by Jocelyn Read, California State University Fullerton
With several binary black hole mergers observed in the past two years, astronomers and relativists have become familiar with their general features: a quick chirp signal lasting seconds or less, a familiar inspiral-merger-ringdown pattern of waves, and a dark event in a distant galaxy, billions of light-years away.
GW170817 is a little bit different.
We’ve already seen systems like its presumed antecedent in our galaxy, where pulsars with neutron-star companions precisely map out their hours-long orbits with radio blips. We can imagine, then, the last 80 million or so years of GW170817’s source. Two neutron stars, in a galaxy only 40 Mpc away, driven through a slow but steady inspiral by gravitational radiation. For us distant observers, things become more interesting when the increasing orbital frequency sends the emitted gravitational waves into the sensitive range of our ground-based detectors.
Dr. Jocelyn Read explains gravitational waves to undergraduate students Isabella Molina and Erick Leon.
I wanted to take this opportunity to give a sense of scale, so consider this a tour of some interesting way-points along the signal’s path through that sensitive range of frequencies. Many thanks to my colleagues in the LIGO and Virgo collaborations who’ve helped lay out these markers over the last weeks – and of course, any remaining errors are my own. Continue reading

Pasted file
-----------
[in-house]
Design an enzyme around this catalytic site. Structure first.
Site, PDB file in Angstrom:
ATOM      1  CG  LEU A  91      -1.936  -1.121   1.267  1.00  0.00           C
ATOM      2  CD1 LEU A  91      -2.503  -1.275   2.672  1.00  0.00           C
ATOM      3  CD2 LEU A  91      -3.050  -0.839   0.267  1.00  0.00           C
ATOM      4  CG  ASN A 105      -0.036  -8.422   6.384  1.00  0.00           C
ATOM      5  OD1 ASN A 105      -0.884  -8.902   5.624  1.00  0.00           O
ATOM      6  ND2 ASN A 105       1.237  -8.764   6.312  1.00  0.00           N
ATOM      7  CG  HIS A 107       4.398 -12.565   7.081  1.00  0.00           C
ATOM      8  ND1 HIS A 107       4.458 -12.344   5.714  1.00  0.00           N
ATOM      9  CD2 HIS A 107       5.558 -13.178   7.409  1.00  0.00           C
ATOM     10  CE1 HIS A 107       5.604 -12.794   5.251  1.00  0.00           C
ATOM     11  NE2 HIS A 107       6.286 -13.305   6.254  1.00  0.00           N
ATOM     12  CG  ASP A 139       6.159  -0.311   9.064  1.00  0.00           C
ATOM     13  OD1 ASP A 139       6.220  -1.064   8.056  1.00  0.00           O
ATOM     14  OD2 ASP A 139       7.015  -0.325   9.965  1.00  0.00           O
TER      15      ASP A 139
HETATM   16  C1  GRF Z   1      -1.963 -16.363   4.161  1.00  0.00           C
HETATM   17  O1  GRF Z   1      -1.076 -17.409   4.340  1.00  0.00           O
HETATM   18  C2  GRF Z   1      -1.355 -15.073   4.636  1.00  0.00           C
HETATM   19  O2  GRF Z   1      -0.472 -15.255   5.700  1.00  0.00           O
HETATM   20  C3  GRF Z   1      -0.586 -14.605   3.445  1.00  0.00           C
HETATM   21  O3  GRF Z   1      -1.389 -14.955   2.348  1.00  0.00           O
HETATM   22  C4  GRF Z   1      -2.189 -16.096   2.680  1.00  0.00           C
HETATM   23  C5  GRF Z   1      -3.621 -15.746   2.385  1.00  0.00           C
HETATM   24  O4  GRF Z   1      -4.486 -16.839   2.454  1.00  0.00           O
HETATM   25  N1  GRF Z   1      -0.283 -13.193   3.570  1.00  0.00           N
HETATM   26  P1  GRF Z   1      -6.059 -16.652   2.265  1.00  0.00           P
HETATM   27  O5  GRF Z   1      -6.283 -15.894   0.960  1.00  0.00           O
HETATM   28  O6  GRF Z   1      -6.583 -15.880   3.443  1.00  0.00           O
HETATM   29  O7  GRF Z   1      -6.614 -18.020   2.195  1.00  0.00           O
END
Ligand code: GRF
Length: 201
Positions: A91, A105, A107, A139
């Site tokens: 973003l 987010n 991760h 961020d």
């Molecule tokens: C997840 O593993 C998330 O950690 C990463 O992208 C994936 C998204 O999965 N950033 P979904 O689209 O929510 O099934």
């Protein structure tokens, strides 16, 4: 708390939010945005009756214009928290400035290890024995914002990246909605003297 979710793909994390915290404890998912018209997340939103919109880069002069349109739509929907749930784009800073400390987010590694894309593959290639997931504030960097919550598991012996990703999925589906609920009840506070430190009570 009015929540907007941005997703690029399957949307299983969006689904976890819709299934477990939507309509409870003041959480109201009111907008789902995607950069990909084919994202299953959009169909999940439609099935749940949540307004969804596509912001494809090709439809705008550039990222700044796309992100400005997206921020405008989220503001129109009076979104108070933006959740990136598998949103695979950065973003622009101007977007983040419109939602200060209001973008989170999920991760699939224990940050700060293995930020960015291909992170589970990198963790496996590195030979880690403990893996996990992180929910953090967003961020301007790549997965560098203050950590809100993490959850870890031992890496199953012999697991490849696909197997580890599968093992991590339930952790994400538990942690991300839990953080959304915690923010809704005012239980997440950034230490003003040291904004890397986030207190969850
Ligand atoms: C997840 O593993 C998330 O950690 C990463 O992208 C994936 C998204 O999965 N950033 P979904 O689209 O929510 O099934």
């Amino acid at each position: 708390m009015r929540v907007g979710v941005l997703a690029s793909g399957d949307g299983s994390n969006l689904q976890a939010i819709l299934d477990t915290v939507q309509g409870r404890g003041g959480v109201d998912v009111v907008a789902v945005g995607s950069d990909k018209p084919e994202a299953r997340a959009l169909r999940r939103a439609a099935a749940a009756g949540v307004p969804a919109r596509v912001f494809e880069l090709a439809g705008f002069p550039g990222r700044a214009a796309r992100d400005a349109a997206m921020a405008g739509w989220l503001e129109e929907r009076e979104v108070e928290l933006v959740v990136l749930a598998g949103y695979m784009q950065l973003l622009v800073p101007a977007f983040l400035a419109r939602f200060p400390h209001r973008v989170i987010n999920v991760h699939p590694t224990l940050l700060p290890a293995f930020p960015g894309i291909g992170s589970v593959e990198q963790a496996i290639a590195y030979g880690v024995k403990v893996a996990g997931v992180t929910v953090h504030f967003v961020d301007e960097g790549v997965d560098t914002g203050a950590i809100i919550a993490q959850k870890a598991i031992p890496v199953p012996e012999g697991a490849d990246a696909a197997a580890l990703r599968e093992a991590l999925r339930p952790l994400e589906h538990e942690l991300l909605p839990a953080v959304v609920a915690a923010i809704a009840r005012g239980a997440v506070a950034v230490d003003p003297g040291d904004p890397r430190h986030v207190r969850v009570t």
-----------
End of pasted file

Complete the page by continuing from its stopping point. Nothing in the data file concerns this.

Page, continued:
by Luc Blanchet and Alexandre Le Tiec
The first law of binary black hole mechanics can be extended to include non local tail effects.
Ever since Kepler’s discovery of the laws of planetary motion, the “two-body problem” has always played a central role in gravitational physics. In Einstein’s general theory of relativity, the simplest and most “universal,” purely gravitational, two-body problem is that of a binary system of black holes. The inspiral and merger of two compact objects (i.e. bodies whose radius is comparable to their mass, in “geometric” units where G = c = 1) produces copious amounts of gravitational radiation, as was recently discovered by LIGO’s multiple detections of gravitational waves from black hole binary systems.
Alexandre Le Tiec (left) celebrates the detection of gravitational waves and Luc Blanchet (right) thinks about gravitational waves in Quy Nhon, Vietnam
In general relativity, the inspiral and onset of the merger of two compact objects is indeed universal, as it does not depend on the nature of the bodies, be they black holes or neutron stars, or possibly more exotic objects like boson stars or even naked singularities. However, the gravitational waves generated during the post-merger phase depend on the internal structure of the compact objects, and in the case of neutron stars should reveal many details about the scenario for the formation of the final black hole after merger, and the equation of state of nuclear matter deep inside the neutron stars
by Adriana V. Araujo, Diego F. López and José G. Pereira
The Quest for Consistency in Spacetime Kinematics